Tips for a More Cost-Efficient 2017

For small business owners, saving money is a great way to start a new year.
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Find ways to save on utilities such as lighting, heating and water in order to reduce consumption and save money. (Photo: Novelo/Shutterstock)

As a small business owner, you can’t afford to waste a dime. Yet you may be spending more money than you need to on business operations.

Start the new year by taking a few steps to cut costs and improve efficiency. Here are six places to save.

andrew-jensen

“You may want to consolidate your landline phones and internet services into a single package if there is a cost savings there.” -Andrew Jensen (Photo: Andrew Jensen)

 

Utilities. Look to see how you could save on lighting, heating, water and other utilities, said Andrew Jensen, a business growth, efficiency and marketing consultant.

“Not only may there be room to negotiate the contracts for electricity and natural gas, but there may be opportunities to reduce consumption as well.” Can you turn off more lights when the business is closed? Lower the thermostat more at night?

“During the day, experiment with setting the thermostat with a one degree change,” said Jensen. Most employees won’t notice the difference, but the energy savings can add up.

Maintenance costs. Evaluate everything from the cost of paper towels to soap in the employee washroom, said Jensen. The list of maintenance costs also includes services such lawn care, snow removal and trash pickup. Jensen recommended contacting local trash pickup companies to see if you can save there.

Your data plan. It’s normal for telecommunications costs to creep up fast for businesses, so assess if your business is using all the data you’re paying for.

“Contact your current carrier and ask them for ways you might be able to save money. Certain carriers are great about helping small businesses who ask for ways to save,” said Jensen. You may be able to cut back on landline extras if your business relies mostly on cell phones, for example.

Also, said Jensen, “Consider transitioning to VOIP [Voice over Internet Protocol] phones. You may want to consolidate your landline phones and internet services into a single package if there is a cost savings there.”

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“Many SMBs are still new to the supply chain and don’t know which levers to pull to reduce shipping and manufacturing costs.” -Thatcher Spring (Photo: Thatcher Spring)

Your supply chain. The end of a year presents the opportunity to renegotiate, said Thatcher Spring, founder and CEO GearLaunch, which provides software tools for ecommerce companies. A supply chain review should include everyone you do business with, he noted.

“Many SMBs are still new to the supply chain and don’t know which levers to pull to reduce shipping and manufacturing costs,” Spring said. Levers that can lower your price include higher volumes and longer terms.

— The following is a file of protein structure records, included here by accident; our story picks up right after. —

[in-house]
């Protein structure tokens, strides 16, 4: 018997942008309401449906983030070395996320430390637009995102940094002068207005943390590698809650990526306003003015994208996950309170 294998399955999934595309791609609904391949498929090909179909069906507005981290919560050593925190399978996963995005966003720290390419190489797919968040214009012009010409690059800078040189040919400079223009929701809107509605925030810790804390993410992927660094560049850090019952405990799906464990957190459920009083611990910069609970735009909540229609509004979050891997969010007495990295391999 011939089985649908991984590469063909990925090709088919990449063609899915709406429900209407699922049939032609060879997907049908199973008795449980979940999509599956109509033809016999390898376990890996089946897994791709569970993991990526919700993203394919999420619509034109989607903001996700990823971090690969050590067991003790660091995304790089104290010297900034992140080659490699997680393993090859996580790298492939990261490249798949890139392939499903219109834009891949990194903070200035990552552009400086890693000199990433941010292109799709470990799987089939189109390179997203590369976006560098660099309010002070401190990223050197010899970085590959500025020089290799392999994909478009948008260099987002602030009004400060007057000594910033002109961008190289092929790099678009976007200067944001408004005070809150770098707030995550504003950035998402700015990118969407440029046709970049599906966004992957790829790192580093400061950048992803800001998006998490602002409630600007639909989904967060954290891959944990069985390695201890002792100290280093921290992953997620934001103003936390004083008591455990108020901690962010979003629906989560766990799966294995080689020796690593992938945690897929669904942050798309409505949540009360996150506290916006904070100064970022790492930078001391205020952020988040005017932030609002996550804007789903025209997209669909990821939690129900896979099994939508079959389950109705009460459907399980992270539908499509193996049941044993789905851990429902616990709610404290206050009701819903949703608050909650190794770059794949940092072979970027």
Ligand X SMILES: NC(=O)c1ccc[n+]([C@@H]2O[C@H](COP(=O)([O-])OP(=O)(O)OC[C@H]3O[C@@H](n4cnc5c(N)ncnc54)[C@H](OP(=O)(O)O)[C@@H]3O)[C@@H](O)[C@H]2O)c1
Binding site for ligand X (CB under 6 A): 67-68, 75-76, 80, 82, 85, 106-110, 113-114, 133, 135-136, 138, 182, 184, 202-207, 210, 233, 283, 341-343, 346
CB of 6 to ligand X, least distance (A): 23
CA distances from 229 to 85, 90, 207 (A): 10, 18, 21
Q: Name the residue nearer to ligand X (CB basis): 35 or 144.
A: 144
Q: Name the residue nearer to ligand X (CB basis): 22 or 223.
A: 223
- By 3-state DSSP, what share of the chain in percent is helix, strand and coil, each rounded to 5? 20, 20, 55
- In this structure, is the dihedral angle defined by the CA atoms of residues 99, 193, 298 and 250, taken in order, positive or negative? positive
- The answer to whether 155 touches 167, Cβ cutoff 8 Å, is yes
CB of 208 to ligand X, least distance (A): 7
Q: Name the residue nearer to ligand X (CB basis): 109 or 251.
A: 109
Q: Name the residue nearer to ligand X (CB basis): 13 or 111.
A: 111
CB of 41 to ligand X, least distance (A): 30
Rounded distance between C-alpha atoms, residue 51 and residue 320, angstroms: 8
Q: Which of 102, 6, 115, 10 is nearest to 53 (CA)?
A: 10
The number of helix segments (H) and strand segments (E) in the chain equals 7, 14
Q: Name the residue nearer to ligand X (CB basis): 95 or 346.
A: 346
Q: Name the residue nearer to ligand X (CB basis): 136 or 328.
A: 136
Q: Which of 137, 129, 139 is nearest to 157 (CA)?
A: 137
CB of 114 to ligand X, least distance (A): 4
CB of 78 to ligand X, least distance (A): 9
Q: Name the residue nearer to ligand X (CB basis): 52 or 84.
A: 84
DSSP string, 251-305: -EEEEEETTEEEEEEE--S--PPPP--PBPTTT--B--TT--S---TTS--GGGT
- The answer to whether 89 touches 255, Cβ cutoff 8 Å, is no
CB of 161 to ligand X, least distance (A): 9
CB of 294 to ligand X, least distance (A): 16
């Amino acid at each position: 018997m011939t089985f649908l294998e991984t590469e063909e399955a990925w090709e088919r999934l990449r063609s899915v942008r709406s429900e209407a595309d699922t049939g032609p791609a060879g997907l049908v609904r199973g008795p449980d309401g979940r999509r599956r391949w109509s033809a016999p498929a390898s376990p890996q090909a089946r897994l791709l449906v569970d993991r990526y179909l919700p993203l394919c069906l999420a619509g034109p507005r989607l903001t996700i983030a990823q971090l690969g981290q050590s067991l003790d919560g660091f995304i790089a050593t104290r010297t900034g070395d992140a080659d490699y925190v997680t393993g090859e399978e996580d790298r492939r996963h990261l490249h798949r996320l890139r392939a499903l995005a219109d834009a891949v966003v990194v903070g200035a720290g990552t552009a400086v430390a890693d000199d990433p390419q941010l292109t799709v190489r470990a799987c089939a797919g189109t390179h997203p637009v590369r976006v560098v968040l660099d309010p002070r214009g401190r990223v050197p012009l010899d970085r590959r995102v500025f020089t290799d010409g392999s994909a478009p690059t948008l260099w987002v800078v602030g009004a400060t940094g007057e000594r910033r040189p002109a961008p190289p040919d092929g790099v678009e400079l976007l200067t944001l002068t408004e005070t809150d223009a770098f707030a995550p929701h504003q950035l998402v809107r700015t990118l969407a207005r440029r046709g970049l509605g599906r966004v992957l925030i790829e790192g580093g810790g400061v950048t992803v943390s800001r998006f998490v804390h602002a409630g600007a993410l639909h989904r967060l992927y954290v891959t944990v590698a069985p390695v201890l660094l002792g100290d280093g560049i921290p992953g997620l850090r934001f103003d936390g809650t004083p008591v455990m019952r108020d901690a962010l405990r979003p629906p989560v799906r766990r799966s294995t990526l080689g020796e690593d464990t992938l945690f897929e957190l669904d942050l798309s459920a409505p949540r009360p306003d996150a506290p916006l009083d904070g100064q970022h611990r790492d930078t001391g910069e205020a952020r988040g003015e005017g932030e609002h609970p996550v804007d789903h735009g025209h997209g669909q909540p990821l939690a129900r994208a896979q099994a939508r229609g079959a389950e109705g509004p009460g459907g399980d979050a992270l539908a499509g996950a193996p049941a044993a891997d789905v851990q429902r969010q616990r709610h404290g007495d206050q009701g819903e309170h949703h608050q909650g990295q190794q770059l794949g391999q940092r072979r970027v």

If you have multiple suppliers, leverage them against one another on price to get the best deals, Spring advised. “This is where it helps to do research and talk to industry peers to get a sense of what terms others are getting.”

Inventory. “Money tied up in unnecessary inventory is a sunk cost and could better be spent on marketing for your business,” said Spring. The end of the year presents a good time to clean out and clean up. Use an inventory app for maximum efficiency.

Damage and theft. Employee theft and customer theft both cost you money, as does product damage. “Don’t position high value items near exits or areas out of sight,” said Jensen. “Reward employees, either through public recognition or through store credit, for months when damage/theft is kept low. Employees will be encouraged to stay more alert for shoplifting and may be less inclined to steal product themselves.”

diane-helbig

“The vast majority of workers would rather be busy than idle, so work with them to identify tasks they are expected to engage in once they have completed their work.” -Diane Helbig (Photo: Diane Helbig)

Staff downtime. “The vast majority of workers would rather be busy than idle,” said Diane Helbig, a business and leadership development coach and founder of SeizeThisDay, a business growth advisory firm. “So work with them to identify tasks they are expected to engage in once they have completed their work.”

Helbig recommended setting up a training program that cross-trains employees. “This provides flexibility and coverage regardless of absences. That can improve productivity dramatically.”

To find more ways to save money or time (which equals money), Helbig suggested holding an efficiency brainstorm. Your staff and any outside advisors (such as your financial advisor) can prove valuable in identifying potential savings and ways to boost efficiency. Plus, said Helbig, “When you ask everyone what ideas they have for reducing costs, they have buy-in and will work with you.”

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